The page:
[sword-devel] configure.ac defaults

Jonathan Marsden jmarsden at fastmail.fm
Sun Dec 6 21:48:52 MST 2009

Troy A. Griffitts wrote:

> COLORED_ECHO([    BUILD TESTS:      $enable_tests])
> COLORED_ECHO([    BUILD EXAMPLES:   $enable_examples])
> COLORED_ECHO([    BUILD UTILITIES:  $enable_utilities])

If we're going for comprehensiveness, we could add

  COLORED_ECHO([    CONF:             $with_conf])
  COLORED_ECHO([    PROFILEFN:        $enable_profilefn])
  COLORED_ECHO([    SHAREDLIB:        $enable_shared])
  COLORED_ECHO([    STATICLIB:        $enable_static])
  COLORED_ECHO([    WARNINGS:         $enable_warnings])

as well.  And then maybe sort them all alphabetically?

> Of course we could look at these extra warnings and make some code
> changes, but unless we build with these additional warnings always
> enabled on our end, chances are, g++ will continue to add new warning
> checks and we have the potential to release code which unknowingly won't
> compile a debug build because we are adding -Werror with --enable-debug
> Thoughts on this?

The -DFORTIFY_SOURCE=2 also adds various stack and buffer overflow
checking, all manner of security goodness that I barely understand :)
Apparently when first used on the Red Hat package codebase (in 2004) it
found quite a few real security bugs.  But that's past history.

The warnings it generates on the current SWORD code are all related to
not checking return values of 3 functions: read(), write() and fgets().
 These tend to be mostly in the utilities, not the main library code
itself, I think.

My suspicion is that these low level areas of the SWORD codebase do not
change all that fast, so a one time addition of patches to check these
return values is sane and reasonable.  At that point, whether to always
check for such warnings or not, or have a separate --enable-fortify
option to configure in order to see them, or something inbetween, isn't
that big a deal for me.  I see the security value in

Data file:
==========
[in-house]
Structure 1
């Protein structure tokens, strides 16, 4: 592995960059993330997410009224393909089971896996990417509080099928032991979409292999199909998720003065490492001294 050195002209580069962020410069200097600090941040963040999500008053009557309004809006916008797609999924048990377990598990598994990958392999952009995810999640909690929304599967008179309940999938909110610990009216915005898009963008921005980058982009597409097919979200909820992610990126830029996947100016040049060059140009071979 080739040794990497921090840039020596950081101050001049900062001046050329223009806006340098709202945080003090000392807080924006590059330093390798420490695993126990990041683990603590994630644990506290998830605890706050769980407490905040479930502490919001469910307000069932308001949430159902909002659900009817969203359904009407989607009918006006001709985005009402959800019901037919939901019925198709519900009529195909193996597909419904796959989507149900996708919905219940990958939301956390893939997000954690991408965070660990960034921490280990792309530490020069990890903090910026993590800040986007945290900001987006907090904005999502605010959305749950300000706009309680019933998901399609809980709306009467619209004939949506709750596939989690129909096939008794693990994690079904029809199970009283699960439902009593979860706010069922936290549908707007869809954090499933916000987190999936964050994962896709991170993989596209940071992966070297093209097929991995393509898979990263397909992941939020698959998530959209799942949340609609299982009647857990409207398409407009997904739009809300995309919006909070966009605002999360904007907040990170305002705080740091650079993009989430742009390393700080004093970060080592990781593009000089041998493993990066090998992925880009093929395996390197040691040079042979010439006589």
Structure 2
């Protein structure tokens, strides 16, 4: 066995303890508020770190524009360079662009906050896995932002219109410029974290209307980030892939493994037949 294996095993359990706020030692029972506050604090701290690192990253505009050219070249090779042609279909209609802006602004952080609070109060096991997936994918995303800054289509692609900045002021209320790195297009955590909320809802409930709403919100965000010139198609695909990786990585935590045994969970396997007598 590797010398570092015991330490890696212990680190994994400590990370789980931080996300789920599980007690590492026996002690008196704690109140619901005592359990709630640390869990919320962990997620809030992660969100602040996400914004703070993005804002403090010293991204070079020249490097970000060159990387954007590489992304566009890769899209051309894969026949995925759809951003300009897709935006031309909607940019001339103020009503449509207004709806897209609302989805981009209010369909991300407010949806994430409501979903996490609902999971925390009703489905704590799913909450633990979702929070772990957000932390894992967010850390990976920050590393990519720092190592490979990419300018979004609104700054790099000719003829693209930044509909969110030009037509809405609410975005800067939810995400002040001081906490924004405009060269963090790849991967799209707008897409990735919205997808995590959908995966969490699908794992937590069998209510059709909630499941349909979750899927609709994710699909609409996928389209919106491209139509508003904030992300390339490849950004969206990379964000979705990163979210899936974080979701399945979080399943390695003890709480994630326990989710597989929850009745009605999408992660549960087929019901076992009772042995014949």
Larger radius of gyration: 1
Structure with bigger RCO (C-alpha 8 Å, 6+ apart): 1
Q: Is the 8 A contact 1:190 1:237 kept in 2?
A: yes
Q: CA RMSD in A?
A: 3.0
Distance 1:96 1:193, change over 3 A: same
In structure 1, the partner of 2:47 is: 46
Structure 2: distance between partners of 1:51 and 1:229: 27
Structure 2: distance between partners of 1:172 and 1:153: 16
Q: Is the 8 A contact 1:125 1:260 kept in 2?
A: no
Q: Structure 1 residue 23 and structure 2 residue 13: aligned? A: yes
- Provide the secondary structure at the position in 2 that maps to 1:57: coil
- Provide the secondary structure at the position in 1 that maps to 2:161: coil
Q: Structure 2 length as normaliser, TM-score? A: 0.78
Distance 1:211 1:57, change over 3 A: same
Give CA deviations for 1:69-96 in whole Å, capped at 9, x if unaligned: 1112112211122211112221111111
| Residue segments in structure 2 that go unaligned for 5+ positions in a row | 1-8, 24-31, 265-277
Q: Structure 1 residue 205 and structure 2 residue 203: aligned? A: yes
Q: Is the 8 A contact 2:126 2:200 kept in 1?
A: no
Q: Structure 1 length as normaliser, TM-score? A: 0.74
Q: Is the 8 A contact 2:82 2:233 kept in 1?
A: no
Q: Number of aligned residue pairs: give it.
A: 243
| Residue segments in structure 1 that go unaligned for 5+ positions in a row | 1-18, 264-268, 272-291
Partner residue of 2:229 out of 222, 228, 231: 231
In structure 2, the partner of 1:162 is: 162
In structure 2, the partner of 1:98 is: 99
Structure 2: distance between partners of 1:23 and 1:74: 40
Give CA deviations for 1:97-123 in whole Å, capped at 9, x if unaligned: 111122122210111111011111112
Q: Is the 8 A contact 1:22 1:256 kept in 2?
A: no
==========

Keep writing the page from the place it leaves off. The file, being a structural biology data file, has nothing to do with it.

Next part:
-D_FORTIFY_SOURCE=2, and my sense is that once the initial patch is in
place, these checks won't bite anyone in SWORD for a very long time, so
I'd be tempted to leave it enabled by default, but that's just me.

Regarding -Werror, I'd recommend making --enable-debug do *only* what
its help string in configure.ac says it does, which is "build debug
library (default=no)".  There is a separate configure option
--enable-warnings which says it will "build with compiler warnings as
errors (default=no)".  In other words, it is really only
--enable-warnings that should add -Werror to CXXFLAGS, not --enable-debug.

If these two options worked independently, as their help strings seem to
suggest they should, then there would be no real need (as I see it) for
a default of -Werror anywhere.  Those developers who need it for making
*sure* there are no warnings left (just before a release, for example)
can use it by design, at that time.  Most people would by default build
with plenty of warnings enabled, so those who care to look can see and
fix them, but any extra warnings that arrive unexpectedly courtesy of
g++ changes would not in and of themselves lead to a build failure (just
to some new warnings appearing at build time).  Best of both worlds?

 (1) Patch the code for all the currently known warnings.
 (2) Make --enable-debug and --enable-warnings independent.
 (3) Default to -Wall -D_FORTIFY_SOURCE=2 for all gcc/g++ builds.

(If (3) is too radical, then default to -Wall and add a new
--enable-fortify option which adds -D_FORTIFY_SOURCE=2 .  I just think
that's more work for less benefit.)


More information about the sword-devel mailing list